Gaynor received 803 votes in Tuesday’s preliminary election, according to unofficial results posted to the city’s website Tuesday night, and Micley got 678 votes. And with 546, candidate Peter Bruce was knocked out of the running.
Gaynor, whose father served as alderman in the 1970s and 1980s, works for an AI-powered data analysis company he founded and later sold. He once served in a national security capacity for USAID under President Barack Obama’s administration and later as policy advisor for presidential candidate and former Maryland Gov. Martin O’Malley.
“Born and raised here in Newton, I grew up watching my own parents’ commitment to service,” Gaynor said in a statement Tuesday night. As City Councilor, I will protect our community’s priorities, like holding developers accountable, preserving green space, and investing in education. From students to seniors, and from newcomers to life-long residents, Newton should remain the best place to live at any age or income.
“Tonight’s result proves that our message and approach is resonating,” Gaynor continued. “It’s clear Ward Two voters embrace our vision for substantive, data-driven policy. I’m proud to have built bridges throughout this campaign, including earning the most endorsements–and now, the most votes.”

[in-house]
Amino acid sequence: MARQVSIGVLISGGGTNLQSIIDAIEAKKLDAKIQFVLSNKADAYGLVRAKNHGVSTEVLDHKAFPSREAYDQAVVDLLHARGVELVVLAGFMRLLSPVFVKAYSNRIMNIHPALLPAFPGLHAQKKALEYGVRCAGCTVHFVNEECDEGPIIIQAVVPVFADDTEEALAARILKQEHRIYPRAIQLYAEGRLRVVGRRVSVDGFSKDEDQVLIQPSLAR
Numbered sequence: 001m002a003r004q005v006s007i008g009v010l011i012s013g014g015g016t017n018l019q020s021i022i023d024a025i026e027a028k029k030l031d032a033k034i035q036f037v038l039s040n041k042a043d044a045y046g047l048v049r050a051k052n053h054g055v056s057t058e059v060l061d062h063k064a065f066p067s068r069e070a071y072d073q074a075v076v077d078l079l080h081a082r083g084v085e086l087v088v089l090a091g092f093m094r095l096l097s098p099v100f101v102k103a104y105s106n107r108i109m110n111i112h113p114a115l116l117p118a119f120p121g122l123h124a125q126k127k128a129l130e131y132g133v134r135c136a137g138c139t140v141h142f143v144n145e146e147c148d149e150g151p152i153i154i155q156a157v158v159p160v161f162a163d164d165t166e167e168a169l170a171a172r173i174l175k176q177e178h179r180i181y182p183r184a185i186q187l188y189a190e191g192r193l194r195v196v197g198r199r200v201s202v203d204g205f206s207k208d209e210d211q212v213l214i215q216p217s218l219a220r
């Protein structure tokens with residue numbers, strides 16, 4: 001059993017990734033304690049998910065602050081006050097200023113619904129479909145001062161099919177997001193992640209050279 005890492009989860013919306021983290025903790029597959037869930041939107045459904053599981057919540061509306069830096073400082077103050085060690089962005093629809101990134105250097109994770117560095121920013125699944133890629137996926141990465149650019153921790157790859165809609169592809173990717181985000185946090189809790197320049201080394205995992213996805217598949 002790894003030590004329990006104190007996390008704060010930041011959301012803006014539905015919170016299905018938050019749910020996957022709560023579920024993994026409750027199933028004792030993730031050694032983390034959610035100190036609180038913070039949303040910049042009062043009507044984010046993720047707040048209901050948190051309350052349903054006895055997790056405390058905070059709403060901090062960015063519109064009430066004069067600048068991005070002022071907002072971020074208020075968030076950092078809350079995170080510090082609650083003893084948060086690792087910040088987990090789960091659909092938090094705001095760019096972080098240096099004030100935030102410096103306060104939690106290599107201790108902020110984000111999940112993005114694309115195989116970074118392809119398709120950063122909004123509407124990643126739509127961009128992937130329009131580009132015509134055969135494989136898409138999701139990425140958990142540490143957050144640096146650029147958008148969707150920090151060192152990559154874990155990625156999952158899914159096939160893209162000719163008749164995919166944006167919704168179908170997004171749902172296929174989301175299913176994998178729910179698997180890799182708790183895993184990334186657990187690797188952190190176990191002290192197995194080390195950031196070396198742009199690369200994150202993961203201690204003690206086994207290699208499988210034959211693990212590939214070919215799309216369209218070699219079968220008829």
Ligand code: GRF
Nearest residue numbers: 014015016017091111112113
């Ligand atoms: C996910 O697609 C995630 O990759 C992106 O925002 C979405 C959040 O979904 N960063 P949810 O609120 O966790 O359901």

Micley, who’s focused his messaging on availability—frequently mentioning that his cell phone number is on his website—has served in local government before. He was an elected member of Brookline Town Meeting for a few years when he lived there. He’s also been a teacher at the Hebrew College’s high school and a fellowship director in Tel Aviv, Israel, and he now works in business development for a digital asset firm.
“This step forward in the campaign isn’t about me—it’s about the diverse coalition of residents that have come together to focus on Newton doing better in delivering basic city services, from streets to schools,” Micley said. “I’m thrilled to have the opportunity to advocate for Ward 2 residents in the next phase of the race.
“I also want to give a shout out to Peter Bruce, who ran a strong campaign and taught me a tremendous amount by way of example,” Micley continued. “Peter is the ultimate grassroots organizer, a critical and independent thinker, and his impact and influence on the race will continue to be felt. Thanks,
Peter, for running hard and sharing your insights and ideas!”
The contest to fill Emily Norton’s seat was looking to be a simple two-person one, but then Bruce—after contracting and overcoming COVID-19—decided to give the race a run, setting up a runoff. Bruce, a former president of the Newrtonville Area Council, has been campaigning against much of the Village Center Overlay District proposal from an environmental standpoint, saying the plan would create a “playground for developers.”
Newton’s general election will be Nov. 7, with early voting starting Oct. 28.